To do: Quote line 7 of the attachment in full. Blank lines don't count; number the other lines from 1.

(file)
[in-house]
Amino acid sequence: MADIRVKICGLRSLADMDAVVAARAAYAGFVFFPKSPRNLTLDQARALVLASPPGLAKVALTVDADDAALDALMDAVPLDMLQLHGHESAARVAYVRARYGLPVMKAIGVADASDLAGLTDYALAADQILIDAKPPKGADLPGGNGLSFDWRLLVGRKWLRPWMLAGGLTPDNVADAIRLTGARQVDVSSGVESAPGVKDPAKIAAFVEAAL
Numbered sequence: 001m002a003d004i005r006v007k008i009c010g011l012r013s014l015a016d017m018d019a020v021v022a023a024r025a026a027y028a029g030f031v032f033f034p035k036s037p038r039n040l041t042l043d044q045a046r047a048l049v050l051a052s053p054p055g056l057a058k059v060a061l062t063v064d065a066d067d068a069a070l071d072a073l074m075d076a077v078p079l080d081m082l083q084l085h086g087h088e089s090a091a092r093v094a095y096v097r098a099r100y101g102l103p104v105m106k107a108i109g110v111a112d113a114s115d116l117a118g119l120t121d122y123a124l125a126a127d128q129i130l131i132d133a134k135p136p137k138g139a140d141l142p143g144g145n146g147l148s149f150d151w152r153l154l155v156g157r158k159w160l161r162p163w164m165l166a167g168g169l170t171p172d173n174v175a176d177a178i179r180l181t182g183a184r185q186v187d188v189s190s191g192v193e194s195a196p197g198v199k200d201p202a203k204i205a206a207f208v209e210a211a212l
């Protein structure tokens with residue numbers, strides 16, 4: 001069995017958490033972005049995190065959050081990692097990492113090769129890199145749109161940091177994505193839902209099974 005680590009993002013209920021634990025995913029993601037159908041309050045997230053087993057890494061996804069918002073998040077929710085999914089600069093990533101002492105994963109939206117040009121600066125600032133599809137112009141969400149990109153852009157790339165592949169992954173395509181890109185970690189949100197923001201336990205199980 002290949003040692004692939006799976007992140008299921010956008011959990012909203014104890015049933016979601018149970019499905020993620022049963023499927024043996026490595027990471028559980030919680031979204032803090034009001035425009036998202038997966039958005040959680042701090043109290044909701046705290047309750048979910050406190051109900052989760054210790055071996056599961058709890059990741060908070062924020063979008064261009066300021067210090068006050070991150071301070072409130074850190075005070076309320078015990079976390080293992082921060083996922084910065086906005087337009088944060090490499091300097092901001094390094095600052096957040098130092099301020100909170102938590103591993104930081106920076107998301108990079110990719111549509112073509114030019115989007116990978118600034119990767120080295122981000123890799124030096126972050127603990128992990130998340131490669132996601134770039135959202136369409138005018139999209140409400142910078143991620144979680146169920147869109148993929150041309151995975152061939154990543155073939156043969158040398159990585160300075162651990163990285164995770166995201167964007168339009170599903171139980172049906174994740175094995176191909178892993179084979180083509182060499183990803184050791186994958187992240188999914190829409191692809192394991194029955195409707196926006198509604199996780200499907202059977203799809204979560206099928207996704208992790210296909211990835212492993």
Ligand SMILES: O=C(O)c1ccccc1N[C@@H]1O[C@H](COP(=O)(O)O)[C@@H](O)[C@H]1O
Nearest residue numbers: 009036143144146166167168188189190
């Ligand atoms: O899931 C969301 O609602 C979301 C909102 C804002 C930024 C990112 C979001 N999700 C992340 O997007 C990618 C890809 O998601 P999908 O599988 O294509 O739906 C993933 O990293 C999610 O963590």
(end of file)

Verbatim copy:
């Ligand atoms: O899931 C969301 O609602 C979301 C909102 C804002 C930024 C990112 C979001 N999700 C992340 O997007 C990618 C890809 O998601 P999908 O599988 O294509 O739906 C993933 O990293 C999610 O963590």